WASHINGTON - Sex, lies, and politicians. Year after year. Decade after decade. And for 200 years, the scenario has rarely changed:
Rumors of improper liaisons sprout throughout the nation's capital. Somebody goes public with them. There are expressions of outrage by the politician and public denials. Friends, aides, and even spouses deny all. Details leak out. Bad conduct is proven. The media says it does not want to cover such sordidness - but hastens to add that, sadly, it must. And the guilty politician practices the politics of confession - begging for forgiveness, often blaming alcohol, finding religion, or writing a soul-baring book.
While there is a great deal of hand-wringing and soul-searching about whether voters should know or care about the sexual misbehavior of their elected top power brokers and those paid to advise elected officials, in the end, the politicians always seem to get punished.
It began at the dawn of the nation with the founding fathers when such men as Thomas Jefferson and Alexander Hamilton were stalked by a journalist intent on printing details of their sexual malfeasance.
Jefferson was publicly accused of seducing two married women, including the wife of a good friend, badly damaging his reputation. Hamilton admitted publicly to an extramarital affair, an “indelicate amour,” to escape what he thought of as the more serious charge of enriching himself and friends with inside Treasury Department information. But word of his sexual peccadillo with a blackmailer spread and Hamilton was forced to write a tell-all pamphlet. It became a best-seller and derailed his chance of being president.
The pattern continues today with Rep. Gary Condit (D., Calif.), scurrying from apartment to his congressional office trying to elude a phalanx of reporters and TV crews eager for a new sighting. Mr. Condit, 53 and married, denied and then admitted to police that he had an affair with missing 24-year-old intern Chandra Levy, who has not been seen by friends or family since April 30.
There have been so many sex scandals in Washington that there are at least half a dozen tours for tourists of the “hot'' spots. Maps and tours have to be regularly updated to add new sites.
The latest buildings to be staked out by the media - and the curious - are the building near Dupont Circle where Miss Levy lived before disappearing and the apartment building where Mr. Condit lives while in Washington. His family lives in California. Under cover of darkness, police searched his apartment this week for three hours after midnight with laser beams and ultraviolet lights looking for evidence that might indicate a struggle. Meanwhile, police insist Mr. Condit is not a suspect in Miss Levy's disappearance.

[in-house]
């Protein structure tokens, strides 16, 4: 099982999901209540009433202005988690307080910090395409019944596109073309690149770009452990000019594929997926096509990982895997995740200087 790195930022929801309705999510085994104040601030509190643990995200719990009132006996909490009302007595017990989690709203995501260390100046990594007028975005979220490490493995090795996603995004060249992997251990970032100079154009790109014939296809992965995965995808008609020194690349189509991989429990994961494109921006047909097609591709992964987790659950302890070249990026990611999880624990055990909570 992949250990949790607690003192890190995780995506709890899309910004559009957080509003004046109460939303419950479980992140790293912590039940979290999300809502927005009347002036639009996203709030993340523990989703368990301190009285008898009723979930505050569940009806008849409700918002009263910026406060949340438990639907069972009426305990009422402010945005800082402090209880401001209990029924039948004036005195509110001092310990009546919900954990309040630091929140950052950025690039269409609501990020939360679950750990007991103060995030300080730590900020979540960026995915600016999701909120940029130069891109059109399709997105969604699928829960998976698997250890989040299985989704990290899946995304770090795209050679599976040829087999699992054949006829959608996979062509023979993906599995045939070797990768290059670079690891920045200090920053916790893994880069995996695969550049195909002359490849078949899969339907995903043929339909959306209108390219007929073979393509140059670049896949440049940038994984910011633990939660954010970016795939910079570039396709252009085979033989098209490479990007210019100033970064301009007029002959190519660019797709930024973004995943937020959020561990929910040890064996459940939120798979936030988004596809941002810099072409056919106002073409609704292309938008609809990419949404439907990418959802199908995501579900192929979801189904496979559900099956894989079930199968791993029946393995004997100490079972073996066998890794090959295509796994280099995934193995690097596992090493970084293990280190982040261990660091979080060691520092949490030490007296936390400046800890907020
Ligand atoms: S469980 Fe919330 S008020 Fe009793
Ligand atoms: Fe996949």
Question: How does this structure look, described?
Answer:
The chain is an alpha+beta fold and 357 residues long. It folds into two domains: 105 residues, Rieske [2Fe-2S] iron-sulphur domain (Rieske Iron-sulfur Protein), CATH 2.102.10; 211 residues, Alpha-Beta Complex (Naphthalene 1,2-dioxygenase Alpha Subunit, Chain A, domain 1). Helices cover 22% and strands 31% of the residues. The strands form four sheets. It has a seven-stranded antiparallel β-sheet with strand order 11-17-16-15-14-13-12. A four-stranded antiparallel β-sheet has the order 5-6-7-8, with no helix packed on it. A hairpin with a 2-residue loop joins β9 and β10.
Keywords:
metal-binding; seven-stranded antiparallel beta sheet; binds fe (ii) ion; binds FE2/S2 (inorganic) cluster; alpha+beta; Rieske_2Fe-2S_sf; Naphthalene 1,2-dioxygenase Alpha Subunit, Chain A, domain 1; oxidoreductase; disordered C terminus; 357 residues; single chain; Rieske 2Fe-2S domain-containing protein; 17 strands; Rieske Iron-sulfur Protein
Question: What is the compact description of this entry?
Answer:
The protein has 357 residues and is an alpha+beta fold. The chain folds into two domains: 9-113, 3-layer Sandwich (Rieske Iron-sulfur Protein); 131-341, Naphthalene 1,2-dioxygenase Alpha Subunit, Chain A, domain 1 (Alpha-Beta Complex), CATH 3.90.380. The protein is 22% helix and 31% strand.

But the media glare on Mr. Condit has become so intense that Mr. Condit has replaced former President Clinton as the prime target of the late-night TV talk-show hosts.
David Letterman: “It's been so hot on the East Coast, Gary Condit is happy to be under that cloud of suspicion.''
Jay Leno: “The No. 1 movie is still The Fast and the Furious. If you haven't seen it, it's about Congressman Gary Condit cleaning out his apartment before the cops show up.''
And Mr. Leno summing up as he talked about Mr. Condit's public disgust with former President Clinton's behavior with Monica Lewinsky expressed in a letter to former House Speaker Newt Gingrich, who divorced his second wife to marry an aide: “Only in Washington would you have a man alleged to have had an affair with an intern condemn a man who had an affair with an intern by writing to a man who had an affair with his staffer.''
As Mr. Condit watches his political career fall apart, the public remembers the last time the nation was obsessed with a politician involved with an intern.